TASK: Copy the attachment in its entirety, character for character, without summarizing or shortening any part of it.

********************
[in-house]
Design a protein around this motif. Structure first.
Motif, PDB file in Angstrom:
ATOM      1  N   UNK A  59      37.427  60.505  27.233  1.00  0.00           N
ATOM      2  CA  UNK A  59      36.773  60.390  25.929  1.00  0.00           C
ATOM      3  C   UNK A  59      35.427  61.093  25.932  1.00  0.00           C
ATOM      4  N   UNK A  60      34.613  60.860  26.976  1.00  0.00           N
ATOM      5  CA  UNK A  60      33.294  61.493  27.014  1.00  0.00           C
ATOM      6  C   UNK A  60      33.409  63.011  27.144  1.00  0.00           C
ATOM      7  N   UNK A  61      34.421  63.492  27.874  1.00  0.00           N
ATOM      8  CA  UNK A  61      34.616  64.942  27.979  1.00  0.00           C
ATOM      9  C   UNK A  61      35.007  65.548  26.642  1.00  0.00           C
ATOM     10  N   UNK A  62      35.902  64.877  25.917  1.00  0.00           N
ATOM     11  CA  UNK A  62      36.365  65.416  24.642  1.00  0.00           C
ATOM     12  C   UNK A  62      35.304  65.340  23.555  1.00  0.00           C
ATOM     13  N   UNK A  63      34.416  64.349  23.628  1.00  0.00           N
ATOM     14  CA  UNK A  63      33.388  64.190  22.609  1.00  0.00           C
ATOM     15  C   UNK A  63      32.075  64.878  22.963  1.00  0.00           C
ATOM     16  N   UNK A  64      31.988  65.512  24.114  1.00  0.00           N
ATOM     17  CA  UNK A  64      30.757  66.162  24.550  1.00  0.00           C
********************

[in-house]
Design a protein around this motif. Structure first.
Motif, PDB file in Angstrom:
ATOM      1  N   UNK A  59      37.427  60.505  27.233  1.00  0.00           N
ATOM      2  CA  UNK A  59      36.773  60.390  25.929  1.00  0.00           C
ATOM      3  C   UNK A  59      35.427  61.093  25.932  1.00  0.00           C
ATOM      4  N   UNK A  60      34.613  60.860  26.976  1.00  0.00           N
ATOM      5  CA  UNK A  60      33.294  61.493  27.014  1.00  0.00           C
ATOM      6  C   UNK A  60      33.409  63.011  27.144  1.00  0.00           C
ATOM      7  N   UNK A  61      34.421  63.492  27.874  1.00  0.00           N
ATOM      8  CA  UNK A  61      34.616  64.942  27.979  1.00  0.00           C
ATOM      9  C   UNK A  61      35.007  65.548  26.642  1.00  0.00           C
ATOM     10  N   UNK A  62      35.902  64.877  25.917  1.00  0.00           N
ATOM     11  CA  UNK A  62      36.365  65.416  24.642  1.00  0.00           C
ATOM     12  C   UNK A  62      35.304  65.340  23.555  1.00  0.00           C
ATOM     13  N   UNK A  63      34.416  64.349  23.628  1.00  0.00           N
ATOM     14  CA  UNK A  63      33.388  64.190  22.609  1.00  0.00           C
ATOM     15  C   UNK A  63      32.075  64.878  22.963  1.00  0.00           C
ATOM     16  N   UNK A  64      31.988  65.512  24.114  1.00  0.00           N
ATOM     17  CA  UNK A  64      30.757  66.162  24.550  1.00  0.00           C